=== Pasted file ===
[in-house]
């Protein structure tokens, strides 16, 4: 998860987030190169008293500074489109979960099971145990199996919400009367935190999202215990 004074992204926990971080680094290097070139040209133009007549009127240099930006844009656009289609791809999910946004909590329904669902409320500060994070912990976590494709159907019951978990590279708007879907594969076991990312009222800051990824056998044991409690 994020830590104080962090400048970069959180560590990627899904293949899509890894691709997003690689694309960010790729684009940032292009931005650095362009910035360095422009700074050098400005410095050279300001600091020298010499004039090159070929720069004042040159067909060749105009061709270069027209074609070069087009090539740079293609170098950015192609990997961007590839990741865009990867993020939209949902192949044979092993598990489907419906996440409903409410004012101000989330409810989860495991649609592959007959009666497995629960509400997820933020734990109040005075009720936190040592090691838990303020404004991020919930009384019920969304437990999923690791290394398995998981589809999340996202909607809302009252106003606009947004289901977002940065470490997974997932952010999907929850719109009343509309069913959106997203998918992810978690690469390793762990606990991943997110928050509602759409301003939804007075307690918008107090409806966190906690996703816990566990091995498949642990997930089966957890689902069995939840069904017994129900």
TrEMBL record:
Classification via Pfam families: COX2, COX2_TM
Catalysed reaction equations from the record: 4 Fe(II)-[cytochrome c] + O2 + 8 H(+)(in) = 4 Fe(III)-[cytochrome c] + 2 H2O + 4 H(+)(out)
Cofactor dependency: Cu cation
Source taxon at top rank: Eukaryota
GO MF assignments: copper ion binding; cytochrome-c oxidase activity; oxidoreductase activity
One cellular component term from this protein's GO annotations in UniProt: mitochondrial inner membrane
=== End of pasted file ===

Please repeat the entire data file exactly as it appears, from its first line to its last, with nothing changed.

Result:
[in-house]
């Protein structure tokens, strides 16, 4: 998860987030190169008293500074489109979960099971145990199996919400009367935190999202215990 004074992204926990971080680094290097070139040209133009007549009127240099930006844009656009289609791809999910946004909590329904669902409320500060994070912990976590494709159907019951978990590279708007879907594969076991990312009222800051990824056998044991409690 994020830590104080962090400048970069959180560590990627899904293949899509890894691709997003690689694309960010790729684009940032292009931005650095362009910035360095422009700074050098400005410095050279300001600091020298010499004039090159070929720069004042040159067909060749105009061709270069027209074609070069087009090539740079293609170098950015192609990997961007590839990741865009990867993020939209949902192949044979092993598990489907419906996440409903409410004012101000989330409810989860495991649609592959007959009666497995629960509400997820933020734990109040005075009720936190040592090691838990303020404004991020919930009384019920969304437990999923690791290394398995998981589809999340996202909607809302009252106003606009947004289901977002940065470490997974997932952010999907929850719109009343509309069913959106997203998918992810978690690469390793762990606990991943997110928050509602759409301003939804007075307690918008107090409806966190906690996703816990566990091995498949642990997930089966957890689902069995939840069904017994129900």
TrEMBL record:
Classification via Pfam families: COX2, COX2_TM
Catalysed reaction equations from the record: 4 Fe(II)-[cytochrome c] + O2 + 8 H(+)(in) = 4 Fe(III)-[cytochrome c] + 2 H2O + 4 H(+)(out)
Cofactor dependency: Cu cation
Source taxon at top rank: Eukaryota
GO MF assignments: copper ion binding; cytochrome-c oxidase activity; oxidoreductase activity
One cellular component term from this protein's GO annotations in UniProt: mitochondrial inner membrane